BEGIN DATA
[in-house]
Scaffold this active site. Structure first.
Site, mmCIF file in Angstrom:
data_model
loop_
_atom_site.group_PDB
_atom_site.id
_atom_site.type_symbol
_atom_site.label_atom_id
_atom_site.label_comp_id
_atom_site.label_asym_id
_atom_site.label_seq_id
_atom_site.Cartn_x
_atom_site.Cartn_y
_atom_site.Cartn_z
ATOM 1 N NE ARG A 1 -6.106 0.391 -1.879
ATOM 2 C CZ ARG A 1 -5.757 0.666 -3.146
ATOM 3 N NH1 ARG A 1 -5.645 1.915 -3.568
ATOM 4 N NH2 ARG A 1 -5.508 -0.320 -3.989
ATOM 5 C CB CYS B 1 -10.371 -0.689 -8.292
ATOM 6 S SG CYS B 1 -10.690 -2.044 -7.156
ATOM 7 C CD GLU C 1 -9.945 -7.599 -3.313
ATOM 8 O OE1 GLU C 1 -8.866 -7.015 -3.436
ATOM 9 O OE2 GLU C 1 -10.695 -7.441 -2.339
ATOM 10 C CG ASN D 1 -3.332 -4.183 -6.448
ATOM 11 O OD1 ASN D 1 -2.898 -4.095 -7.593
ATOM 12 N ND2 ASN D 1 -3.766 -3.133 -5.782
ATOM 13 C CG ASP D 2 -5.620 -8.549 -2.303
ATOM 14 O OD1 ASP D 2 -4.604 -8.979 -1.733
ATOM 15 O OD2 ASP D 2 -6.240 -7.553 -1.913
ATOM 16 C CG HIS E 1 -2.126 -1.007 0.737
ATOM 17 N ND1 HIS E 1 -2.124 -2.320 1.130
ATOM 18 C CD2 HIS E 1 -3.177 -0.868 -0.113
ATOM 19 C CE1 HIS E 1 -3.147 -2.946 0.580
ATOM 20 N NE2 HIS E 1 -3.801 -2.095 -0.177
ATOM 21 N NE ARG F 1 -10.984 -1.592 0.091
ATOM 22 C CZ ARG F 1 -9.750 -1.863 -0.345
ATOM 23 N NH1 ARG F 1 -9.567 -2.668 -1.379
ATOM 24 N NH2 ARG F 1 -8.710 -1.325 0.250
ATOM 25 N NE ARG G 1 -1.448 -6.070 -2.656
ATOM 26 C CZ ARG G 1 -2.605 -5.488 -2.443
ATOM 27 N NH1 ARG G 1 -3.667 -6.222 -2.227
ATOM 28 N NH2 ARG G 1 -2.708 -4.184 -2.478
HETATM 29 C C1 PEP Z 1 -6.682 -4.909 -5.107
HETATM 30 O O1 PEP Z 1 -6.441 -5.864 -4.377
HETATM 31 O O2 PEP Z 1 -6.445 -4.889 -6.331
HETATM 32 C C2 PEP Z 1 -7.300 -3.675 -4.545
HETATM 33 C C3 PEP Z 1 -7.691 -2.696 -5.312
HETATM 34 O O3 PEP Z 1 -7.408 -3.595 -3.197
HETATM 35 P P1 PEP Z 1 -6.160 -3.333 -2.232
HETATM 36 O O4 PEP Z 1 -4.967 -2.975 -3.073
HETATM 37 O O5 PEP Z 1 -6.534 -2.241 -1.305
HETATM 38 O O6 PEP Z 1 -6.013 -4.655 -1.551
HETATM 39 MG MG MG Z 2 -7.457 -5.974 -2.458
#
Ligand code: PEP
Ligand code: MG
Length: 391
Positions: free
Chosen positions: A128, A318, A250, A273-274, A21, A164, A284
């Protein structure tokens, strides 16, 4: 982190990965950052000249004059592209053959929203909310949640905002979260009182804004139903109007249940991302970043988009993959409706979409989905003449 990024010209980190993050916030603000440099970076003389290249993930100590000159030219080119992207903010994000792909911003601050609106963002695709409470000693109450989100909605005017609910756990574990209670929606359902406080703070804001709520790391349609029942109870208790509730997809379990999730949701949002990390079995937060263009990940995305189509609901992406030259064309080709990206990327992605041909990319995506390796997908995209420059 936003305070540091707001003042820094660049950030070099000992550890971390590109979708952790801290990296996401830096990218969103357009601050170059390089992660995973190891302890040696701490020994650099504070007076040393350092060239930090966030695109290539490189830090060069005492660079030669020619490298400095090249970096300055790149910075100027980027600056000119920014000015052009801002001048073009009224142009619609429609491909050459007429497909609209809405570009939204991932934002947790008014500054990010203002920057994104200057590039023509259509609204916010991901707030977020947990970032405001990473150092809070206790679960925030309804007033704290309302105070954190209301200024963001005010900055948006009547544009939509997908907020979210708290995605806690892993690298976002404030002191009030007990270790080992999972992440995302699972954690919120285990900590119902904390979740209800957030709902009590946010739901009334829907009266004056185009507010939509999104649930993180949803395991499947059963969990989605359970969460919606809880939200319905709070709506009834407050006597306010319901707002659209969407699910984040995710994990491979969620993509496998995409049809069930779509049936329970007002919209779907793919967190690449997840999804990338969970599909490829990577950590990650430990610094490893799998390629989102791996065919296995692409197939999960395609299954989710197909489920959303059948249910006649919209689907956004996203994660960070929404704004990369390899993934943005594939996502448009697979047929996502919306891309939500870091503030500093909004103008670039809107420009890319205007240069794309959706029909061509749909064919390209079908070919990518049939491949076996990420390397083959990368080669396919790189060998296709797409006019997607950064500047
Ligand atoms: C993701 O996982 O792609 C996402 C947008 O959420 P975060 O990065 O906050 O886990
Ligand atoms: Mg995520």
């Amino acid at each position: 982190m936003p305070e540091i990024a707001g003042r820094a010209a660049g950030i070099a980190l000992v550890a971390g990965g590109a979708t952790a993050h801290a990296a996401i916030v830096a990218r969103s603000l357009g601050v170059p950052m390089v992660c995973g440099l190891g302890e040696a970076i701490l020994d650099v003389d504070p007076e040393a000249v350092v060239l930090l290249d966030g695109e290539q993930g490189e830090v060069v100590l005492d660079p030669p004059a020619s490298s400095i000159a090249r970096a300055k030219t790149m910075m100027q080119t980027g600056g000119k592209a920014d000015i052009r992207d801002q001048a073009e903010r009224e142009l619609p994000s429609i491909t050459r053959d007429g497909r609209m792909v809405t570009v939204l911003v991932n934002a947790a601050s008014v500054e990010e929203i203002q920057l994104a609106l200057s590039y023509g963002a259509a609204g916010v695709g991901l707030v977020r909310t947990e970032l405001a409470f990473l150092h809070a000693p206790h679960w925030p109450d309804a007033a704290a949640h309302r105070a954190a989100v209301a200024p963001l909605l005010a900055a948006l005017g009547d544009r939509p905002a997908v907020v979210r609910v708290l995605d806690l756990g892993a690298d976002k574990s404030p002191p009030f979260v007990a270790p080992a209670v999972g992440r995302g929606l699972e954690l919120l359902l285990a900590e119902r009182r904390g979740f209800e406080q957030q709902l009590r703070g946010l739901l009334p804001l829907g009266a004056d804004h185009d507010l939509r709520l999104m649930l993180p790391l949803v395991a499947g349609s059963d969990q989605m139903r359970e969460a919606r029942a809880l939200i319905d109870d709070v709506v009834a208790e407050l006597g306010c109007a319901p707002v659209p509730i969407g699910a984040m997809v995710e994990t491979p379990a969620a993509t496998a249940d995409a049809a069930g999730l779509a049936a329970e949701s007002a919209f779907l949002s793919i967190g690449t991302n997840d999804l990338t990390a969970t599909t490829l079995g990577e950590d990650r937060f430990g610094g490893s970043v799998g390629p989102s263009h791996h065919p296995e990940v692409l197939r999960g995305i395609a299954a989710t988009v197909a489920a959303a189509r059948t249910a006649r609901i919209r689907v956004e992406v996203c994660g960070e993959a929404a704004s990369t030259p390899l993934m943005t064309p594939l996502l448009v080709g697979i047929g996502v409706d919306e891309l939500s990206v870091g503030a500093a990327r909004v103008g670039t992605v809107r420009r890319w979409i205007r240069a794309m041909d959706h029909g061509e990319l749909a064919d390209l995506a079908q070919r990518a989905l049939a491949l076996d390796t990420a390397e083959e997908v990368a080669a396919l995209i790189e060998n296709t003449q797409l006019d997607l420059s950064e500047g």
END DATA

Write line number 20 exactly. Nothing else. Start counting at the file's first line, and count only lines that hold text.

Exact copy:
ATOM 5 C CB CYS B 1 -10.371 -0.689 -8.292